Did the North Win the Civil War before it Began?
I agree with the idea that the North had won the Civil War before it began to the extent of Lincoln’s conservative political stands. Trying to receive the favor of the South while winning in the North would require Lincoln to take neutral stands in heated political issues like slavery. It wasn’t really wan by the North until he broke away from these stands to enact the Emancipation Proclamation and turn the tides of war in favor of the North. “This Lincoln always publicly condemned the abolitionists who fought slavery by extra constitutional means – and condemned also the mobs who deprived them of their right of free speech and free press.” (Holfstadter, Lincoln and the Self-Made …show more content…
It would be like a baseball team fighting to protect their right to play with footballs.
The South’s dominating strategy in winning the civil war was attrition. They believed they could wear down the political will of the North if they held out long enough to make the Northerners tired and question value of the means to achieve the ends. Military stalemates, guerilla war tactics and inconclusive battles would help the South achieve this goal. “Confederate armies did not have to invade and conquer the North: they needed only to hold out long enough to force the North to the conclusion that the price of conquering the South and annihilating its armies was too high, as Britain had concluded in 1781 and as the United States concluded…” (Why Did the Confederacy Lose?, pg 117)The South really enjoyed McClellan’s performance in the Southern theatre with his tendency to retreat when he could have won. This was another helpful hand the South would need to cause attrition. In response, Lincoln knew he had to do two things to prevent attrition and win the war more quickly. He needed to fire McClellan, and shift the theme of the war in the view of the North so that it would not lose its thunder. He did this by issuing the Emancipation Proclamation and converting the war for unionism into the war for morality. The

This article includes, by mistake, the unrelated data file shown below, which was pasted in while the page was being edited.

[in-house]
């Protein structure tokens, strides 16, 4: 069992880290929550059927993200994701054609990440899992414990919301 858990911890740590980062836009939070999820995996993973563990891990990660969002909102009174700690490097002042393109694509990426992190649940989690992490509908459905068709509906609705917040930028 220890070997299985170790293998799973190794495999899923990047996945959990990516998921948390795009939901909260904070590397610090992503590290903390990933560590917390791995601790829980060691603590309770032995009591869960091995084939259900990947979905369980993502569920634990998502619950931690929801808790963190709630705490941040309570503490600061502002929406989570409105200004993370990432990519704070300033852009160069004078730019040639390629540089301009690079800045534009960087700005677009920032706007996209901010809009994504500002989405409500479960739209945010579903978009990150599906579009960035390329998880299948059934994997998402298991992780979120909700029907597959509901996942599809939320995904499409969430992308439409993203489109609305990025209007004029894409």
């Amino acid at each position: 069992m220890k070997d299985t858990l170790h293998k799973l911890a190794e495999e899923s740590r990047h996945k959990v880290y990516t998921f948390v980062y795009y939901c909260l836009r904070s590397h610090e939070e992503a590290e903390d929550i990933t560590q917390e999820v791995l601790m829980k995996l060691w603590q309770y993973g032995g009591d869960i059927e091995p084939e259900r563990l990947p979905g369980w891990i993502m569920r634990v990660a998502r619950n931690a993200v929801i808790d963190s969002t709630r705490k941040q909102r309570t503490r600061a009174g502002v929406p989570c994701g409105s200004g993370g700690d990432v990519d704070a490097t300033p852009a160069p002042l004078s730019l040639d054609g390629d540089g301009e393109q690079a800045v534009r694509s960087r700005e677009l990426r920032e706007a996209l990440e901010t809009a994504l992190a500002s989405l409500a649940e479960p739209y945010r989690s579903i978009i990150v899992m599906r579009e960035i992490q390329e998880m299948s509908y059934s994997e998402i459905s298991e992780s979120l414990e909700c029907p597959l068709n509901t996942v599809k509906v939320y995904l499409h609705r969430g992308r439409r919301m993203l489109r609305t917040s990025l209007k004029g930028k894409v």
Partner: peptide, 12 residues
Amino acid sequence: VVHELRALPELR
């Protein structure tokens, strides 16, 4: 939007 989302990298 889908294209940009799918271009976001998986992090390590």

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Additionally, after Lincoln’s yearning to abolish slavery through his Emancipation Proclamation, and succeeding, Lincoln started to focus on his most important priority, to win the Civil War. Although Lincoln hated the deaths and destructions that war brought, he believed that this was the only solution to preserve the Union. This pacifist was the leader of the bloodiest war in American history with more than 45,000 total people being missing, wounded, captured, and killed. Furthermore, Lincoln was the foundation of the Union’s victorious military strategy and led the north to triumph. Lincoln’s strategy was a type that was based on destroying the opposing forces instead of conquering their territory. Also, he conducted the Union armies to attack the enemy on all fronts. These strategies would surely catch the opponents off guard and ultimately give the Union a win on their battle record. Similarly to playing lacrosse,
Several factors played in to the American Civil War that made it have the outcome that it did. Although the South had better trained officials due to their military school, the North was far more advanced than they. The North had the advantage over the South in several ways. However, the outcome of the Civil War was not inevitable: it was determined as much by human decisions and human willpower as by physical resources, although the North’s resources gave them an edge over the South.
The shift from a struggle to save the Union into a war to destruct slavery made the Civil War a true success. Lincoln changed the military strategies after realizing that simply seizing Southern territory would not bring the victory to the Union. He decided to defeat the South’s armies instead of seizing the capital. The Union concluded that slavery was the economic and social keystone of the Confederacy and to win the war the Union must take down the slavery institution (Give me liberty! 509). With the change of military strategies came the change of the Union policy on slavery. The Union general Daniel E. Sickles noted that Negroes were the ones who provided the Union with the most valuable and reliable information of the South’s military movements (Give me liberty! 513). Northerners claimed that emancipation would weaken the enemy’s ability to sustain the war. As a result, in 1863, Lincoln signed the Emancipation Proclamation, which declared free more than 3 million slaves